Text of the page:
Advertisement

BLAST QuickStart

Example-Driven Web-Based BLAST Tutorial
  • David Wheeler
  • Medha Bhagwat
Part of the Methods in Molecular Biology™ book series (MIMB, volume 395)

Summary

The Basic Local Alignment Search Tool (BLAST) finds regions of local similarity between protein or nucleotide sequences. The program compares nucleotide or protein sequences to sequence in a database and calculates the statistical significance of the matches. This chapter first provides an introduction to BLAST and then describes the practical application of different BLAST programs based on the BLAST Quick Start mini-course (www.ncbi.nlm.nih.gov/Class/minicourses). In each example, emphasis is placed on practical step-by-step procedures, although relevant theory is also given where it affects the choice of BLAST program, parameters, and database.

Keywords

NCBI BLAST mini-courses MegaBLAST human genome 

References

  1. 1.
    Madden, T. L. and McGinnis, S. (2004) Blast: at the core of a powerful and diverse set of sequence analysis tools. Nucleic Acids Res. 32, W20–W25.CrossRefPubMedGoogle Scholar
  2. 2.
    Henikoff, S. and Henikoff, J. G. (1992) Amino acid substitution matrices from protein blocks. Proc. Natl. Acad. Sci. USA 89, 10,915–10,919.Google Scholar
  3. 3.
    (1978) Atlas of Protein Sequence and Structure, chapter Matrices for detecting distant relationships. Natl. Biomed. Res. Found. Washington, DC.Google Scholar
  4. 4.
    Altschul, S. F. and Gish, W. (1996) Local alignment statistics. Methods Enzymol. 266, 460–480.CrossRefPubMedGoogle Scholar
  5. 5.
    Madden, T. L., Schaffer, A. A., Zhang, J., et al. (1997) Gapped blast and psi-blast: a new generation of protein database search programs. Nucleic Acids Res. 25, 3389–3402.CrossRefPubMedGoogle Scholar
  6. 6.
    Madden, T. The blast sequence analysis tool, in The NCBI Handbook.Google Scholar
  7. 7.
    Zhang, Z., Schwartz, S., Wagner, L., and Miller, W. (2000) A greedy algorithm for aligning dna sequences. J. Comput. Biol. 7, 203–214.CrossRefPubMedGoogle Scholar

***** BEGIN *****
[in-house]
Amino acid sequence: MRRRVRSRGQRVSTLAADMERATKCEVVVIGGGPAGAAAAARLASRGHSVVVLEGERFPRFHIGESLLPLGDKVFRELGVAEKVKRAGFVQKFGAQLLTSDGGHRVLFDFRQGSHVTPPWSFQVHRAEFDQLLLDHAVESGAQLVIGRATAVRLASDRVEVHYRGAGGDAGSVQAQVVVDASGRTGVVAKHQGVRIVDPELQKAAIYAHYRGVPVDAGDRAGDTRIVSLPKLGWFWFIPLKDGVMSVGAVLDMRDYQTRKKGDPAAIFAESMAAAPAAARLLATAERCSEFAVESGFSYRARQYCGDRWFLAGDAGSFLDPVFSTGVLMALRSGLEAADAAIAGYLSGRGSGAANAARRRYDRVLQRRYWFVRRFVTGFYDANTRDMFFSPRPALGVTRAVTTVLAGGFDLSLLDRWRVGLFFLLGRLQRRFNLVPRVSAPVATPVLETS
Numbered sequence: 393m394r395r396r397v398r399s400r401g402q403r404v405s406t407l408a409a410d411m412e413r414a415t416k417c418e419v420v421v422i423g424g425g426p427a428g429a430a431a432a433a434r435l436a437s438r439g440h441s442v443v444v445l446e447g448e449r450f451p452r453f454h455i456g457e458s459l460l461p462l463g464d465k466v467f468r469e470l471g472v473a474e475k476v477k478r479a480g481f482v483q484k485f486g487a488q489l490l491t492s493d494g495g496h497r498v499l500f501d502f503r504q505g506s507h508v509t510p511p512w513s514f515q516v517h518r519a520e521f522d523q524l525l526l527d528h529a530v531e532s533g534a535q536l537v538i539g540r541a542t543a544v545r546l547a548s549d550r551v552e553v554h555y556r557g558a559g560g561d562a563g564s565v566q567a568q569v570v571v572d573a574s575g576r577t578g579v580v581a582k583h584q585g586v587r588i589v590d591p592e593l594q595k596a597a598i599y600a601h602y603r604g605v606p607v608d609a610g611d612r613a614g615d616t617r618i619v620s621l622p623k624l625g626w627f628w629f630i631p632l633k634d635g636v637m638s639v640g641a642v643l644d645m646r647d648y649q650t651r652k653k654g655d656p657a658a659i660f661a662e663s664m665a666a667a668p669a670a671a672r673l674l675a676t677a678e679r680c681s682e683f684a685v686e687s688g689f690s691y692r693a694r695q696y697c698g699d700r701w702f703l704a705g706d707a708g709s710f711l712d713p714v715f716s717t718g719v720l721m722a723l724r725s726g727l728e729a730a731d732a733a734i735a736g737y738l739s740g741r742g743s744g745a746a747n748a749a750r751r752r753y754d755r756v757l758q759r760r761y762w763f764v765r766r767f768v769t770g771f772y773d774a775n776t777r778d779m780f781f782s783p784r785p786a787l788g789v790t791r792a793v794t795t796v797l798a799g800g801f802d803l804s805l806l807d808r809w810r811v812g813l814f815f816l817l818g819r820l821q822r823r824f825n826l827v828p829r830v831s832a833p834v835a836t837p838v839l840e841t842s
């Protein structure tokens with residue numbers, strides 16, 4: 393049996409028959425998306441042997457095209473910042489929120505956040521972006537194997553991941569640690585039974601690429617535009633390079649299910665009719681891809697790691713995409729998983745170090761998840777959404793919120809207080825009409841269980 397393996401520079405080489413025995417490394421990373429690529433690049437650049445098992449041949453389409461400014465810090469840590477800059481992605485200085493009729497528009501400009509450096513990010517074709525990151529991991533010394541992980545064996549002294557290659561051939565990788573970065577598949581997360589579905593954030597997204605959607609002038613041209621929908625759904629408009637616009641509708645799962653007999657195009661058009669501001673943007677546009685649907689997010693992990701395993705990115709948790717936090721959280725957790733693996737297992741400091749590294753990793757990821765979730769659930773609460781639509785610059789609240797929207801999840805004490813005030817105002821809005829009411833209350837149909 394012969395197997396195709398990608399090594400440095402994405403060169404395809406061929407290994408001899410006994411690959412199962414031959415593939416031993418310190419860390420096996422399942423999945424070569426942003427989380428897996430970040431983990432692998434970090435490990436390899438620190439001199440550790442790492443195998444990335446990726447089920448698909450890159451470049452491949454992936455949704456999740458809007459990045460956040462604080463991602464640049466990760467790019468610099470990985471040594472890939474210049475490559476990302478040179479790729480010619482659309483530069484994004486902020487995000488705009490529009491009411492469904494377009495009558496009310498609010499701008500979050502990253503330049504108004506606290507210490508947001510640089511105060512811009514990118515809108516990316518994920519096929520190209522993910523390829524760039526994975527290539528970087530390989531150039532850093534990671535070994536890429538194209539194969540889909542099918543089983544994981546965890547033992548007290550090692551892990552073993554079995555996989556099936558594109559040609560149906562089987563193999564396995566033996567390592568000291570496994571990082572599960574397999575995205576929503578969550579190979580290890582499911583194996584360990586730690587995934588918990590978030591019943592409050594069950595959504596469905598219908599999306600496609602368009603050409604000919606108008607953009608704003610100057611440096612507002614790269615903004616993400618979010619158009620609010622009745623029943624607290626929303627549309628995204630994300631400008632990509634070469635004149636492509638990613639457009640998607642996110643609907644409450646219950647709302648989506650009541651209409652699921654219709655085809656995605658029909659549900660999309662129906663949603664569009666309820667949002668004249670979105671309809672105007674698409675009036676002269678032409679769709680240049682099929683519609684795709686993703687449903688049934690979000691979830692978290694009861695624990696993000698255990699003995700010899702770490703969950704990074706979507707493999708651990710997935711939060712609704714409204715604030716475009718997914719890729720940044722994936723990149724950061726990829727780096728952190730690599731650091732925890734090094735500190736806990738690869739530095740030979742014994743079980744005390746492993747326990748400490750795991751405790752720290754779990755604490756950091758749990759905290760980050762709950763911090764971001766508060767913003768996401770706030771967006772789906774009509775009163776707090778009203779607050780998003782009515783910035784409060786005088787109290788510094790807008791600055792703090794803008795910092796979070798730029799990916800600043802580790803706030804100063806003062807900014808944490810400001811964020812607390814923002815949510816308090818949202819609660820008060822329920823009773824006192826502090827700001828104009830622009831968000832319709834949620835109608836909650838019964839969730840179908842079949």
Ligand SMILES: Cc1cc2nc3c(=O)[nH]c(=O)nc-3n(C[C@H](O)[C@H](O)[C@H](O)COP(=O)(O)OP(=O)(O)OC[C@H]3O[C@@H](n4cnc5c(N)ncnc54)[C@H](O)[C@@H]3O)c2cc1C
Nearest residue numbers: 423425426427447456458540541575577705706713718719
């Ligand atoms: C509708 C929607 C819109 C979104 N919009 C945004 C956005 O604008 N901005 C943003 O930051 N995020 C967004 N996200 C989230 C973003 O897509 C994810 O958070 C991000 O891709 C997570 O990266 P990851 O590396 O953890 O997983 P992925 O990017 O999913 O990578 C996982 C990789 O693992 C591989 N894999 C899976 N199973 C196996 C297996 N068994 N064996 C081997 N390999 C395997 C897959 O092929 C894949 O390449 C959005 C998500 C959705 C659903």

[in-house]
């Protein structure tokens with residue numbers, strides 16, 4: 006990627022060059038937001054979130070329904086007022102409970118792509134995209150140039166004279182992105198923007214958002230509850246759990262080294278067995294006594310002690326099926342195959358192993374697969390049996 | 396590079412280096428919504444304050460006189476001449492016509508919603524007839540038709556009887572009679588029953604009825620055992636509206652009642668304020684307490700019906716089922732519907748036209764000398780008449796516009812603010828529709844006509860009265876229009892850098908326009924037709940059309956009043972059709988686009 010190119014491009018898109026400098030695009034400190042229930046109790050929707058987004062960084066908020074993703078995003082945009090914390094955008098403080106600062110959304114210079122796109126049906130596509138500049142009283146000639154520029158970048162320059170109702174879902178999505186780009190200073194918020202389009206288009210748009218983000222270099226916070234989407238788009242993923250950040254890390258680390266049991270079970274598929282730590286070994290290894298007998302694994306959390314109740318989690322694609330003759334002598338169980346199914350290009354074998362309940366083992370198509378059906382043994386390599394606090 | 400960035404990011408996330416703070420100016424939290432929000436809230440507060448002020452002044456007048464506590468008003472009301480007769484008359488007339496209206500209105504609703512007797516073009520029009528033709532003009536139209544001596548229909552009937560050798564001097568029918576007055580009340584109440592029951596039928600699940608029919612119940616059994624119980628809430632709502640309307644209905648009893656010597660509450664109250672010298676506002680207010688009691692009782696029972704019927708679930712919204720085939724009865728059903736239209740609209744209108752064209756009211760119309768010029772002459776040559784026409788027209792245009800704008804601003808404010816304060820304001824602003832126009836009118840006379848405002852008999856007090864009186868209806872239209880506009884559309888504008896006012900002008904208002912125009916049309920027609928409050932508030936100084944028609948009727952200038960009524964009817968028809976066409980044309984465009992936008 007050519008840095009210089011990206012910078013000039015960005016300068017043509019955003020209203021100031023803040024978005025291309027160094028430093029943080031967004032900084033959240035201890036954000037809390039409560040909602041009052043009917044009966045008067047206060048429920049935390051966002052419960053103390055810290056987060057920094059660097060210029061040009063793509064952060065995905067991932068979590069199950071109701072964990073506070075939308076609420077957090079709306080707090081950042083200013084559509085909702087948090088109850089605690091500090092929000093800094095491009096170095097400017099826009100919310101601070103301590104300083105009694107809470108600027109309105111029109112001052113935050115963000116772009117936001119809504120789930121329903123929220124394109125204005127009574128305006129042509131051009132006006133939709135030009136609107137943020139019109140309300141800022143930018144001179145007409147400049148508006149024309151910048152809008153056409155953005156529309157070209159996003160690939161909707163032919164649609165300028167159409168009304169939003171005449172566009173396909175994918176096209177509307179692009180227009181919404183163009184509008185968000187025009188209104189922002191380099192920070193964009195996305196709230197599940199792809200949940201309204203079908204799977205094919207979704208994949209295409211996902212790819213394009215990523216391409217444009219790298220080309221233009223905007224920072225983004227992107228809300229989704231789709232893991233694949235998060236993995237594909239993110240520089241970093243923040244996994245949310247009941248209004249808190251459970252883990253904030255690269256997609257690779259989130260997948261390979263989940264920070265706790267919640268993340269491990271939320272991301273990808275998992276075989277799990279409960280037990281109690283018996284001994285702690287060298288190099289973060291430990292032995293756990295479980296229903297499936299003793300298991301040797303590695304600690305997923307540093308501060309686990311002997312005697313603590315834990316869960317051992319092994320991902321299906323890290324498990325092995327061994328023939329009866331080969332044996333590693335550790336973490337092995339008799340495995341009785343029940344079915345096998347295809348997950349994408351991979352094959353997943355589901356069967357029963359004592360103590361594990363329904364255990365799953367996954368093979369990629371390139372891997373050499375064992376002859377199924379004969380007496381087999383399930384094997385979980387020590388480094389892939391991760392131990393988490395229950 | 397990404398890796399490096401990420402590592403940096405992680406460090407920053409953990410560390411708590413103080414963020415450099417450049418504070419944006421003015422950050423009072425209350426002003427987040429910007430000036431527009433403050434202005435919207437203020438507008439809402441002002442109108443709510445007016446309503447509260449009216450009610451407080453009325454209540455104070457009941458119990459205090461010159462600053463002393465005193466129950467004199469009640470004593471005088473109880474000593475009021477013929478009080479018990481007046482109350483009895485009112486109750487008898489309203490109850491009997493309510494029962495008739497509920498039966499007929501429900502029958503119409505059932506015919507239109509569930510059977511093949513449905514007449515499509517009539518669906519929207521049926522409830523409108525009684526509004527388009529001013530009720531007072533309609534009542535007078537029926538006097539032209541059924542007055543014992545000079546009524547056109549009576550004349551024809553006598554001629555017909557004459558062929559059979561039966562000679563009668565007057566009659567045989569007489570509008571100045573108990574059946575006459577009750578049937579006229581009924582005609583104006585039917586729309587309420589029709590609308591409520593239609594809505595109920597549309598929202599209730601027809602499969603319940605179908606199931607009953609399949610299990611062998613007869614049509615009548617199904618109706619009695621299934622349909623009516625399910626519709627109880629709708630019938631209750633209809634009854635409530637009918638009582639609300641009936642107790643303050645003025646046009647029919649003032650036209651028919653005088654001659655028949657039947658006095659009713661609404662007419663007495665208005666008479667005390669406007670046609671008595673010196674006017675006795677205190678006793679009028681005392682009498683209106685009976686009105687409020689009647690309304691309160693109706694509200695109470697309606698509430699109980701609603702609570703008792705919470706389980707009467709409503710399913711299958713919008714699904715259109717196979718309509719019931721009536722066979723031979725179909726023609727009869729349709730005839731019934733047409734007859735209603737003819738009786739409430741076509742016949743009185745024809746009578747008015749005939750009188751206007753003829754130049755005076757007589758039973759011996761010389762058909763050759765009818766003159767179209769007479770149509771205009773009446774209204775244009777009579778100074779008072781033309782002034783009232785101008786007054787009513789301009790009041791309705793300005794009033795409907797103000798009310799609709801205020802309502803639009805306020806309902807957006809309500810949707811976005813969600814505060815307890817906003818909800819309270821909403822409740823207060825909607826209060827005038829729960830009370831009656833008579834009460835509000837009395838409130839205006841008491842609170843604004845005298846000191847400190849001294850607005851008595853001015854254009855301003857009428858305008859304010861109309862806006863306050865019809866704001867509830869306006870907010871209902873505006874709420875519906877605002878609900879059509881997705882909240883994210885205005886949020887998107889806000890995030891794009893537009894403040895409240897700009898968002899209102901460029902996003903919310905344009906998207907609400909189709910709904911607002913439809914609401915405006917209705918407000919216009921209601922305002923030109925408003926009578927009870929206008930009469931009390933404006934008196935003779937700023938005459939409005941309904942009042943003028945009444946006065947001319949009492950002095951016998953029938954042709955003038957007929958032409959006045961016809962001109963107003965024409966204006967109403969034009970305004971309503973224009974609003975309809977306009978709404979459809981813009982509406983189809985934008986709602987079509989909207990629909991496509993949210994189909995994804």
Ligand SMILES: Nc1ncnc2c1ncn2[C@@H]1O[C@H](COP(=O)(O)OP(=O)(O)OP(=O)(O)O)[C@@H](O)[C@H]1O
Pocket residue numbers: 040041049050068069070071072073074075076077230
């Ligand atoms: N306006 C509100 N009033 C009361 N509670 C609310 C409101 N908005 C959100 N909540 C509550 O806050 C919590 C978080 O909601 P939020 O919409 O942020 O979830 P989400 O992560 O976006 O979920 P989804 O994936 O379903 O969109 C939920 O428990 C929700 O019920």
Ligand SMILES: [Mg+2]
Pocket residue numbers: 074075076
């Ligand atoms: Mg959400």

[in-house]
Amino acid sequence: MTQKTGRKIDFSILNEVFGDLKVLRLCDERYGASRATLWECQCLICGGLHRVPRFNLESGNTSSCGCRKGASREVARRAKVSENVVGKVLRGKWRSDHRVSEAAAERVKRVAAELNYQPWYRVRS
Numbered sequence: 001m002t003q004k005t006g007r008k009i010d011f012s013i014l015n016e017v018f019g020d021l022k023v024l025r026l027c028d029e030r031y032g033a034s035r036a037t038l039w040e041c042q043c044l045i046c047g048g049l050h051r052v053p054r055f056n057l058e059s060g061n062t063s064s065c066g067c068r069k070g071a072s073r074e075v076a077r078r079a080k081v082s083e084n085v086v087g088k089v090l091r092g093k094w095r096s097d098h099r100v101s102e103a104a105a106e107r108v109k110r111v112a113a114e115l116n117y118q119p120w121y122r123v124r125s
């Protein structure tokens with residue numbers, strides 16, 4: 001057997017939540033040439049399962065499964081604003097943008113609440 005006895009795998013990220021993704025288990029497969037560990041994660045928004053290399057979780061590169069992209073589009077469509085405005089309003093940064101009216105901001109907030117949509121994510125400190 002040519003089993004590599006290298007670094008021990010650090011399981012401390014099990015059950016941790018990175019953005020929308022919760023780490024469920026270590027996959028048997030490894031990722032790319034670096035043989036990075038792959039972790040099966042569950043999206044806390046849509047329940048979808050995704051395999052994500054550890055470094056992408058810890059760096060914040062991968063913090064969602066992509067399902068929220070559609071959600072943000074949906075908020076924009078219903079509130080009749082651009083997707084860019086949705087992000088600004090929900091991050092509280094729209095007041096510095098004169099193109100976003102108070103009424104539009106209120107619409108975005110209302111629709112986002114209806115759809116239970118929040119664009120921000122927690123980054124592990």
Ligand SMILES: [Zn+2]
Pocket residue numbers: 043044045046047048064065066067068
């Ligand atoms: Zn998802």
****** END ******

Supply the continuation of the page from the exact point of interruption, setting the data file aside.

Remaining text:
8. 8.
    Hermankova, M., Ray, S. C., Ruff, C., et al. (2001) Hiv- 1 drug resistance profiles in children and adults with viral load of <50 copies/ml receiving combination therapy. JAMA 286, 196–207.CrossRefPubMedGoogle Scholar
  9. 9.
    Benson, D. A., Karsch-Mizrachi, I., Lipman, D. J., Ostell, J., and Wheeler, D. L. (2006) Genbank. Nucleic Acids Res. 34, 16–20.CrossRefGoogle Scholar
  10. 10.
    Mizrachi, I. Genbank, in The NCBI Handbook.Google Scholar
  11. 11.
    Wootton, J. C. and Federhen, S. (1996) Analysis of compositionally biased regions in sequence databases. Methods Enzymol. 266, 554–571 http://www.ncbi.nlm.nih.gov/books/bv.fcgi?rid=handbook.chapter.ch16.
  12. 12.
    Tatusov, R. and Lipman, D.J., Dust. Unpublished data.Google Scholar
  13. 13.
    Wootton, J. C. and Federhen, S. (1993) Statistics of local complexity in amino acid sequences and sequence databases. Computers and Chemistry, Elsevier Science, Amsterdam, The Netherlands.Google Scholar

Copyright information

© Humana Press Inc. 2007

Authors and Affiliations

  • David Wheeler
    • 1
  • Medha Bhagwat
    • 1
  1. 1.National Center for Biotechnology Information, National Library of Medicine, National Institutes of HealthBethasda

Personalised recommendations